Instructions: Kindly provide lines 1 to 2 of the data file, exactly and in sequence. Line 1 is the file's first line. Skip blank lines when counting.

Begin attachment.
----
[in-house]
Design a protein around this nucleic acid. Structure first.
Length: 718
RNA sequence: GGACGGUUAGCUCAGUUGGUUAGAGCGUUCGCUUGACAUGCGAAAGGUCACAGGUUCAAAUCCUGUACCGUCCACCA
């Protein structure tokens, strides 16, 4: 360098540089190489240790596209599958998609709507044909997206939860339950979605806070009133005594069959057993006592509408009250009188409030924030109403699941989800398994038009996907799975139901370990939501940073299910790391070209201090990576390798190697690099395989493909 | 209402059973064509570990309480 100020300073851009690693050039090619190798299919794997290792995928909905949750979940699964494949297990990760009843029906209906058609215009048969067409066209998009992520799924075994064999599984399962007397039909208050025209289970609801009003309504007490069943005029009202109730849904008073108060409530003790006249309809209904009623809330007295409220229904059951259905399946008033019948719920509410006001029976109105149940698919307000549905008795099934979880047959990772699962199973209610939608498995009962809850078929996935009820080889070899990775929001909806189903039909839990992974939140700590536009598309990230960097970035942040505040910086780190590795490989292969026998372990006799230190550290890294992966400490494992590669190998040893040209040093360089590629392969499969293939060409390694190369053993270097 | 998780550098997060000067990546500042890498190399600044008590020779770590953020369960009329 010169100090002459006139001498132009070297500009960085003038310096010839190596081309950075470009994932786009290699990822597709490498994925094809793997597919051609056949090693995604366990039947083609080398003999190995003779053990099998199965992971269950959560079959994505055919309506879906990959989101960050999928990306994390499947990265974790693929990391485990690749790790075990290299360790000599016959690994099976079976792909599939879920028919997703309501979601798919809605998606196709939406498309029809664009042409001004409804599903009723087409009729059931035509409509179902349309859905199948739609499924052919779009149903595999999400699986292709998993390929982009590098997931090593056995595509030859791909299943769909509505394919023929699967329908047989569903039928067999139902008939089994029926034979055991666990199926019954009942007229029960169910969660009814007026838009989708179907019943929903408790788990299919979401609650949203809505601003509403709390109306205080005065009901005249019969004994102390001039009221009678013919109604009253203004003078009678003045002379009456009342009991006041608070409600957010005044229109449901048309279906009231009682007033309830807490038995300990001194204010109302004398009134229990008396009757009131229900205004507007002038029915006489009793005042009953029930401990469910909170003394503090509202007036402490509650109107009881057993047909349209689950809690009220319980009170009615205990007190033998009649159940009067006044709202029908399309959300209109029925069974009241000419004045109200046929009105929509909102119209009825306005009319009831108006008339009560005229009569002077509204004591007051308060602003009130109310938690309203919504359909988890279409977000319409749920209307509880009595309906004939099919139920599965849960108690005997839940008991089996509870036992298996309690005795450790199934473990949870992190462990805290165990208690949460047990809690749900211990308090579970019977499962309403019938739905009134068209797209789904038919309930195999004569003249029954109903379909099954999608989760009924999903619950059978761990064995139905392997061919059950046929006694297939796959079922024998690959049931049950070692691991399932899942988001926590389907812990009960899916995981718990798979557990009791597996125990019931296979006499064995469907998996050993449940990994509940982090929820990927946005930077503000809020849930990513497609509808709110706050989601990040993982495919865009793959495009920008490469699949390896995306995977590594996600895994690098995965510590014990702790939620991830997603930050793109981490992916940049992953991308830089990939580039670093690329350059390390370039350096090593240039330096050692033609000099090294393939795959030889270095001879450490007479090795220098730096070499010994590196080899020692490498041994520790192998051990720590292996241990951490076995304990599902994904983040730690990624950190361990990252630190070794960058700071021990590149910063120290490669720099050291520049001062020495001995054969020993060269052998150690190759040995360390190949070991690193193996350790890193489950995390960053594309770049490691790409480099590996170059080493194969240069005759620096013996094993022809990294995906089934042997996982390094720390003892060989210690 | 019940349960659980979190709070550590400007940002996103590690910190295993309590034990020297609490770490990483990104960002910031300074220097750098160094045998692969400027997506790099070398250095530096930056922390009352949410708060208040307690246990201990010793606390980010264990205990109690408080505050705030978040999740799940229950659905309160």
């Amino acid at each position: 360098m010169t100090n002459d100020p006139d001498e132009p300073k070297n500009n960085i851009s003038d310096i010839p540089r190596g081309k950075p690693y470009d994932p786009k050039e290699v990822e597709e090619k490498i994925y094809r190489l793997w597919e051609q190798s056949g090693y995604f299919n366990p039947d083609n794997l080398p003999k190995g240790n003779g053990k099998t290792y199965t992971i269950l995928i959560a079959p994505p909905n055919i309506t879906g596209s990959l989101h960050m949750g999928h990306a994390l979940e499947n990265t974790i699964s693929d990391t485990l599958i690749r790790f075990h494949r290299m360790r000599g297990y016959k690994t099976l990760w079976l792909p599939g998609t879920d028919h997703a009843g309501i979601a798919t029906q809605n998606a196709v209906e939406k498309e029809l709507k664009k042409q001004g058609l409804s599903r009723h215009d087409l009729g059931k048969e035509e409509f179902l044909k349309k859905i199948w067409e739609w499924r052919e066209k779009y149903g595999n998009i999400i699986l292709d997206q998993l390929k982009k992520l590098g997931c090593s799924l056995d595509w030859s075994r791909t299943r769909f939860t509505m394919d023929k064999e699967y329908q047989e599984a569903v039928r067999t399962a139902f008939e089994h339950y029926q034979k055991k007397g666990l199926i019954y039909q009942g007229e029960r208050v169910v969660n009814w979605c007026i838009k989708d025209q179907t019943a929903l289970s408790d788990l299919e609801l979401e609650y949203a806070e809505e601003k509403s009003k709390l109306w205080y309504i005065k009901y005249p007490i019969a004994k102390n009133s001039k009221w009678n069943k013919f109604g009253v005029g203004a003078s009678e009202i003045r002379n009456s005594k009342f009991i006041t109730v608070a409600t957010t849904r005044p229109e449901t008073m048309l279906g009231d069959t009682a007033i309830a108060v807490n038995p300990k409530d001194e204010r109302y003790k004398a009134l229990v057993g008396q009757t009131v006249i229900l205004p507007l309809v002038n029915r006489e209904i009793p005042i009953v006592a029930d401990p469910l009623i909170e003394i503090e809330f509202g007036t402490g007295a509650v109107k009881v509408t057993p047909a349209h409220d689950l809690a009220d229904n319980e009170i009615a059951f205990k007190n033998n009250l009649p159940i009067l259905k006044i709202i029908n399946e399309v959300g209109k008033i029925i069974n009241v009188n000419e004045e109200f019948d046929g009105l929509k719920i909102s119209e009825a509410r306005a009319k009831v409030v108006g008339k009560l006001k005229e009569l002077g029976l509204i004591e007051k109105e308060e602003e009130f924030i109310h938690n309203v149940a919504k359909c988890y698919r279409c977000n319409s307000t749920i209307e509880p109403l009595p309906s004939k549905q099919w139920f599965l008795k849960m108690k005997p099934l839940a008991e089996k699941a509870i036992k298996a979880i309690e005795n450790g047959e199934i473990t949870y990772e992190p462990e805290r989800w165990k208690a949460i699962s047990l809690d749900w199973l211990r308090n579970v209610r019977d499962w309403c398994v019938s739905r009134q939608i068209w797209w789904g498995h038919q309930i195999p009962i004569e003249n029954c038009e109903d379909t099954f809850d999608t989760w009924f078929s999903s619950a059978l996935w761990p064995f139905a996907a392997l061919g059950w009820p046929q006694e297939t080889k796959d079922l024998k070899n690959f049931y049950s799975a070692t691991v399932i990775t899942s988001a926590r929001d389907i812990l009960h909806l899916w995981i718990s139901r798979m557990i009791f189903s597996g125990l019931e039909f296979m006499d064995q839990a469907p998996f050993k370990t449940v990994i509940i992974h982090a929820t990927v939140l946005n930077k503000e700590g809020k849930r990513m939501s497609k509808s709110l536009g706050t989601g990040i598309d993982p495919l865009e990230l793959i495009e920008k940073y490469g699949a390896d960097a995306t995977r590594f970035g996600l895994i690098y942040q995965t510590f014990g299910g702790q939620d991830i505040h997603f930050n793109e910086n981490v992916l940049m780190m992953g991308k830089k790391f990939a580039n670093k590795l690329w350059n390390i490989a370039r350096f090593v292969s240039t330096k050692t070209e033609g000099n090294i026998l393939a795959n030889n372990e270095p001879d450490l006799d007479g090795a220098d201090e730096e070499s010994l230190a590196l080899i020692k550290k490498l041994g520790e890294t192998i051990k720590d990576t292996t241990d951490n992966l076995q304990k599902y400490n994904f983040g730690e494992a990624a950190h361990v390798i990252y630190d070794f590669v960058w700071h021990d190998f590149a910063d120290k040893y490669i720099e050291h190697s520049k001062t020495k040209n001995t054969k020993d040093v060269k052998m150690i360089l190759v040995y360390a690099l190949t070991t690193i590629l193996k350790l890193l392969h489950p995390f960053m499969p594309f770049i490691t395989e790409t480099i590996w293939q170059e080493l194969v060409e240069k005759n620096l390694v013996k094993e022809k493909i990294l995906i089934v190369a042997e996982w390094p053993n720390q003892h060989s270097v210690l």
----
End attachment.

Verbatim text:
[in-house]
Design a protein around this nucleic acid. Structure first.